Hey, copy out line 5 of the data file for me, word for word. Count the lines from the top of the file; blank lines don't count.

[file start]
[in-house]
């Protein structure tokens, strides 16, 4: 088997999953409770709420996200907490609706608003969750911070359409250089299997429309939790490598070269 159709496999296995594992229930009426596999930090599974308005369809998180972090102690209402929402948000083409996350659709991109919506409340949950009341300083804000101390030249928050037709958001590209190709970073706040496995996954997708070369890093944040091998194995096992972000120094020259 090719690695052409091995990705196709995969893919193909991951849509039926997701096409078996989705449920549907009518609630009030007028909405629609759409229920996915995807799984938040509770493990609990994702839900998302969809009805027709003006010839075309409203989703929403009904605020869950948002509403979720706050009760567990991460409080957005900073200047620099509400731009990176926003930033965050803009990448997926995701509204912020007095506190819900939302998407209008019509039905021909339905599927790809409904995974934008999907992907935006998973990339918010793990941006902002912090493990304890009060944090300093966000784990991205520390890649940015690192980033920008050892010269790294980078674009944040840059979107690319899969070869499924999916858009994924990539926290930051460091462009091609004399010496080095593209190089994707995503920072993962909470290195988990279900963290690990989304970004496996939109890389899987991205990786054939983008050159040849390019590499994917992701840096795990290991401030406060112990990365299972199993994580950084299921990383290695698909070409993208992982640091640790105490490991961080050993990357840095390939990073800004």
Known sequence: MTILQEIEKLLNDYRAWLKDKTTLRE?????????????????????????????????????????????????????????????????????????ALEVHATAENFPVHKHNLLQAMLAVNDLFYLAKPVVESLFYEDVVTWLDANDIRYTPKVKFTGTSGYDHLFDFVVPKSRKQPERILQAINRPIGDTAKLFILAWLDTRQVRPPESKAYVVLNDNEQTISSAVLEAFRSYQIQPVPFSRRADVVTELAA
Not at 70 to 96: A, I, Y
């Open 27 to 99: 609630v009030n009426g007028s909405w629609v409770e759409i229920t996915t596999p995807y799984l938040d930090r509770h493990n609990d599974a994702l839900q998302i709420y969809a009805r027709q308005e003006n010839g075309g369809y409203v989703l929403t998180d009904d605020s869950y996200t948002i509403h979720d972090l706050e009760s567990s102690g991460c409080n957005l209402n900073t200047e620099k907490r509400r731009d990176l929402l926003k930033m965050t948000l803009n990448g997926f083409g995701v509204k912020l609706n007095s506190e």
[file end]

């Open 27 to 99: 609630v009030n009426g007028s909405w629609v409770e759409i229920t996915t596999p995807y799984l938040d930090r509770h493990n609990d599974a994702l839900q998302i709420y969809a009805r027709q308005e003006n010839g075309g369809y409203v989703l929403t998180d009904d605020s869950y996200t948002i509403h979720d972090l706050e009760s567990s102690g991460c409080n957005l209402n900073t200047e620099k907490r509400r731009d990176l929402l926003k930033m965050t948000l803009n990448g997926f083409g995701v509204k912020l609706n007095s506190e």